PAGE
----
News

Want to know where the major parties stand on protecting our Top End Coasts?

Our 2016 Election Promise Tracker breaks down the marine and coastal policy commitments made by the major parties.

NT's Legacy of Environmental Failure Hits the Coast

A searing new report points to repeated failures by NT governments to establish and maintain credible protections of the Territory’s marine and coastal environment. The report, prepared for the Keep Top End Coasts Healthy alliance, identifies poor decision-making, inadequate laws, a lack of transparency and incompetent oversight and regulation has already had a disastrous effect on areas of the coast. The report recommends a complete overhaul of environmental assessment laws, an end to the clearing of mangroves, and requiring public participation in decision-making. Read the full Health Check Report - Click Here

NT Labor backing marine protection

In the lead up to the Territory election, Labor has announced a Coastal and Marine Management Strategy. It’s good news for fishers, tourism, small business and the environment! The plan includes completion of the Limmen Bight Marine Park and its seabed mining ban, re-establishment of the Darwin Harbour Advisory Committee, rejection of the Bayview development and measures to research and protect our mangroves. But we want to guarantee all Territorians benefit from marine protection. To do this, we need to see a similar commitment from all sides of politics. Read more from ABC News, Channel Nine, and NT News. Read our media release below.    

Increased Trawling in the NT

Representatives from the commercial fishing industry, recreational fishers, tourism operators and conservationists came together to express concerns regarding the impacts of finfish trawling in the Northern Territory. Read the Australian Marine Conservation Society's full media release below or on Channel Nine News Darwin and the ABC.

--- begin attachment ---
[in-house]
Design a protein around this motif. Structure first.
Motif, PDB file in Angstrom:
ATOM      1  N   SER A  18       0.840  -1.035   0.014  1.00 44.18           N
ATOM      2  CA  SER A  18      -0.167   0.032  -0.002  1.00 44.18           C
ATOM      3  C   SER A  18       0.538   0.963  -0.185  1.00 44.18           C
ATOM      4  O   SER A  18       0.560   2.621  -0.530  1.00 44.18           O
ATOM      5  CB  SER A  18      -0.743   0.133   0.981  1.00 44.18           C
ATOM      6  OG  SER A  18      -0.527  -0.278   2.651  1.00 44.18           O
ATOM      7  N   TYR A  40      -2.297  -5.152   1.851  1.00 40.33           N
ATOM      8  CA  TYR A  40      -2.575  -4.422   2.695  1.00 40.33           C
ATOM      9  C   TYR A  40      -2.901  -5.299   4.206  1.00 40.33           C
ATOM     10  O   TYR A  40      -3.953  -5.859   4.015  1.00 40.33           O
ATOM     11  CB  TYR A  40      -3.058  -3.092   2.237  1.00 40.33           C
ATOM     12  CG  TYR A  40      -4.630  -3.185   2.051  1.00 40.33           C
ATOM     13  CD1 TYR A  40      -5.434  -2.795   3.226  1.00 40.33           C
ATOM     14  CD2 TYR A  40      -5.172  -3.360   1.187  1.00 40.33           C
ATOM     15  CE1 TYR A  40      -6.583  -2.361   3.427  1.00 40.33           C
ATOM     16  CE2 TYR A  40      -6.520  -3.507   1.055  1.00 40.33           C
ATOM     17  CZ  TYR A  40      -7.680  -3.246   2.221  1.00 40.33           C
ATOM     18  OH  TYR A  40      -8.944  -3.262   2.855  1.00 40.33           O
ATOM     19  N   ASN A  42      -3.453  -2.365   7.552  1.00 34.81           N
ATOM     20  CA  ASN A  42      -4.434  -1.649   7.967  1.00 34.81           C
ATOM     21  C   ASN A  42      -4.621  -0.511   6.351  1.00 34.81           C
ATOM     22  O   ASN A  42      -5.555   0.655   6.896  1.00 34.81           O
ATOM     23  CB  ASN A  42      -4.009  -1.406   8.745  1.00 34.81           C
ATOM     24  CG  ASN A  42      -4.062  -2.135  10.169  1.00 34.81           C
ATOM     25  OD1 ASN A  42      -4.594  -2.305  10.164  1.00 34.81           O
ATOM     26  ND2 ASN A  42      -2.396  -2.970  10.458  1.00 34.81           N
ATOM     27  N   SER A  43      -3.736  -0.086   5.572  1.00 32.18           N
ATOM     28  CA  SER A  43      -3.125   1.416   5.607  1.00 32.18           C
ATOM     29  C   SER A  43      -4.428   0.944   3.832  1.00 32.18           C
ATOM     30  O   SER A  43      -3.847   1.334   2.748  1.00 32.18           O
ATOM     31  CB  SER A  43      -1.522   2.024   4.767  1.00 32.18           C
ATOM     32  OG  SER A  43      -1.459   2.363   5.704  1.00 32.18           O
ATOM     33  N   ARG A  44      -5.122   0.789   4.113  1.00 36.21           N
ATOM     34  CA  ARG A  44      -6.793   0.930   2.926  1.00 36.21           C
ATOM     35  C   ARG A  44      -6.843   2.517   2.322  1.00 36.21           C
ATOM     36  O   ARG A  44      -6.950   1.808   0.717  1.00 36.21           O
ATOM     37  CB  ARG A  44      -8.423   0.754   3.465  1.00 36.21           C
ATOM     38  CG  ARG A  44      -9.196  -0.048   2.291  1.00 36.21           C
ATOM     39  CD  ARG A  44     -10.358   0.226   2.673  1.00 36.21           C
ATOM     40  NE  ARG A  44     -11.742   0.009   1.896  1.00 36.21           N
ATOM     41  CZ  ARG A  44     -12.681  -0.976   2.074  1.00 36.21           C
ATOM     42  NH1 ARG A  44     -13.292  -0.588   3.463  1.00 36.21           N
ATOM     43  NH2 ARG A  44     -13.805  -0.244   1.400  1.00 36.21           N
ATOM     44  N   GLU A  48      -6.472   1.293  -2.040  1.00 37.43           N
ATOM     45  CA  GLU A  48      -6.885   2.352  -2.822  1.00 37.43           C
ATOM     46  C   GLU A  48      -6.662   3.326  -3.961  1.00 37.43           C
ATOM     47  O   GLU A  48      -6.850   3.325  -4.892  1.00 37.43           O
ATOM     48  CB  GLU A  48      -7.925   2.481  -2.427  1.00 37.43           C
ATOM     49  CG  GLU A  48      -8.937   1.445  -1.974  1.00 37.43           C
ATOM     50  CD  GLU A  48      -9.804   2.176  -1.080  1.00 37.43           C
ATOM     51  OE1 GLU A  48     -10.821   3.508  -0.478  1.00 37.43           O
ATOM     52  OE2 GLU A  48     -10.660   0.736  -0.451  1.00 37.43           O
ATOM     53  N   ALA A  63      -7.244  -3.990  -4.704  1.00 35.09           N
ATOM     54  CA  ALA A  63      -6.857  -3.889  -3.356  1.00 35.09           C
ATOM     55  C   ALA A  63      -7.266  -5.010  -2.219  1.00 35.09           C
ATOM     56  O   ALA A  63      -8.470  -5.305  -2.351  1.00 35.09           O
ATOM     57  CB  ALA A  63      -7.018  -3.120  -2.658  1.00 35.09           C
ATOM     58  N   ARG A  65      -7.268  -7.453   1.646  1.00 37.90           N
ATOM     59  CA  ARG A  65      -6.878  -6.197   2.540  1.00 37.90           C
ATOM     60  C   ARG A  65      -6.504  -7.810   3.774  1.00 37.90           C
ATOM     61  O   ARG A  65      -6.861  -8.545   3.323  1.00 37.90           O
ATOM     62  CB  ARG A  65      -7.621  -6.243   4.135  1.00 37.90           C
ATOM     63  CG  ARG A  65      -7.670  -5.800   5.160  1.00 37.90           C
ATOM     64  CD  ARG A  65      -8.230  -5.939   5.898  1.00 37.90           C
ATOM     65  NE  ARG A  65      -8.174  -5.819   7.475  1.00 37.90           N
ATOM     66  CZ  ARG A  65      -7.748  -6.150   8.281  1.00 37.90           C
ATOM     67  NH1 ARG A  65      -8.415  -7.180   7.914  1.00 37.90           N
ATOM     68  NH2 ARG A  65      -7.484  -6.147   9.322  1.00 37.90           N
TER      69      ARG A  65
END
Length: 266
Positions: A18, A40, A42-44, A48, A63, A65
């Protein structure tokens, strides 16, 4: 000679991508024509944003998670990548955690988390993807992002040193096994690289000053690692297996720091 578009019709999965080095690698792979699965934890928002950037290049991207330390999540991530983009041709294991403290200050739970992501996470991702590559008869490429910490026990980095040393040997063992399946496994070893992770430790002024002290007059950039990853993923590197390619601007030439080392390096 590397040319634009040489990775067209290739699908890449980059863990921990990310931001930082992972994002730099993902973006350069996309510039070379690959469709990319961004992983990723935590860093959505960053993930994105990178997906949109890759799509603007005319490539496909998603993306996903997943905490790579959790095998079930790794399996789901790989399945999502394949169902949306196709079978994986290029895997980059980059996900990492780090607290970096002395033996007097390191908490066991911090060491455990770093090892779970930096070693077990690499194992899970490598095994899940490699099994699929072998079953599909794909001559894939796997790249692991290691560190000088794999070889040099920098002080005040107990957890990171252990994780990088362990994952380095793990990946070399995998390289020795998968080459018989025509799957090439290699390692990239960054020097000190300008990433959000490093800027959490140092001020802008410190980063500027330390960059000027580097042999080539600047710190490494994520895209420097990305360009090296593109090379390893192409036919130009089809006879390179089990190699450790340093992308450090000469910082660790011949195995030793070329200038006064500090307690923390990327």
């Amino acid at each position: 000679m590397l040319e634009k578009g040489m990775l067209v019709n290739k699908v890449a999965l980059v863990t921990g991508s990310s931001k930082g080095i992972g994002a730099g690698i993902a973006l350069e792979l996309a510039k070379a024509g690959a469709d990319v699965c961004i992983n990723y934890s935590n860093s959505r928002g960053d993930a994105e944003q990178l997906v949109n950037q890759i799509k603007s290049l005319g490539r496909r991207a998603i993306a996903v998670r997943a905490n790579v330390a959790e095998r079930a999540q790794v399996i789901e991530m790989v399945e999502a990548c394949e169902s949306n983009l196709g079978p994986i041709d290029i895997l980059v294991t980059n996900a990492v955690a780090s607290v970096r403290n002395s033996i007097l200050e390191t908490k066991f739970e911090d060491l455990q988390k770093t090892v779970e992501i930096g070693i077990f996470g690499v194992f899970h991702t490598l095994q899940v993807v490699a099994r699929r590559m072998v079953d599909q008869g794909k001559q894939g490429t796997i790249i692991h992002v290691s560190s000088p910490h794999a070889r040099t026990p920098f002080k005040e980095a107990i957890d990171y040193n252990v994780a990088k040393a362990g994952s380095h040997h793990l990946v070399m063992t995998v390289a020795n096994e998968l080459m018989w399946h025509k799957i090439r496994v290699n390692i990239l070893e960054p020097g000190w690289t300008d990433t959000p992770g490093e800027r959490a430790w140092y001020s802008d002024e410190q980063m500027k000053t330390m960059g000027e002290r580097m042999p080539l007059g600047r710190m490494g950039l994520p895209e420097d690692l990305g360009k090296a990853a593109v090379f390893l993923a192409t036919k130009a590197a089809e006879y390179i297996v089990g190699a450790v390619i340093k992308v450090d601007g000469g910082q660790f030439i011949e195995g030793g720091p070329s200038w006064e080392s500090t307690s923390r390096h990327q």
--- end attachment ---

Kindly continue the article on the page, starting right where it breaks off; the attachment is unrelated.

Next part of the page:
Port Melville Approved Despite Expert Advice on Impact to Wildlife

Freedom of Information documents show the controversial Port Melville on the Tiwi Islands was approved by the Federal Government despite internal advice it was likely to have adverse impacts on a number of our threatened species, including shorebirds, dugongs and olive ridley turtles. It was also approved with no written procedures on how to shutdown supply from 30 million litre diesel tanks or deal with major spills if needed. The Port was built to withstand a category two cyclone, yet Elcho Island further east along the NT coastline suffered from a category four cyclone in 2015 and the old Port Melville was destroyed by a cyclone in 2007. Read the full article by the ABC here or by The Australian here.

Let's Flock Together

The dragonflies have arrived! Their arrival signals the dispersal of dramatic clouds, the conclusion of the wet season and the departure of up to 37 migratory shorebirds who call the Top End home in summer. Fancy yourself a world traveler? Our yearly temporary residents may challenge you to that title. Their north-south 11,000 km journey along the East Asian-Australian flyway traverses 23 countries: from their northern breeding areas in Russia and the USA (Alaska), via China, Korea, Japan and Southeast Asia, to Australia and New Zealand. Our visitors lose up to 40% of their body weight during their long-haul flight, which makes feeding areas here in the Territory, and along their route, of vital importance.

Every Little Bit Makes a Difference!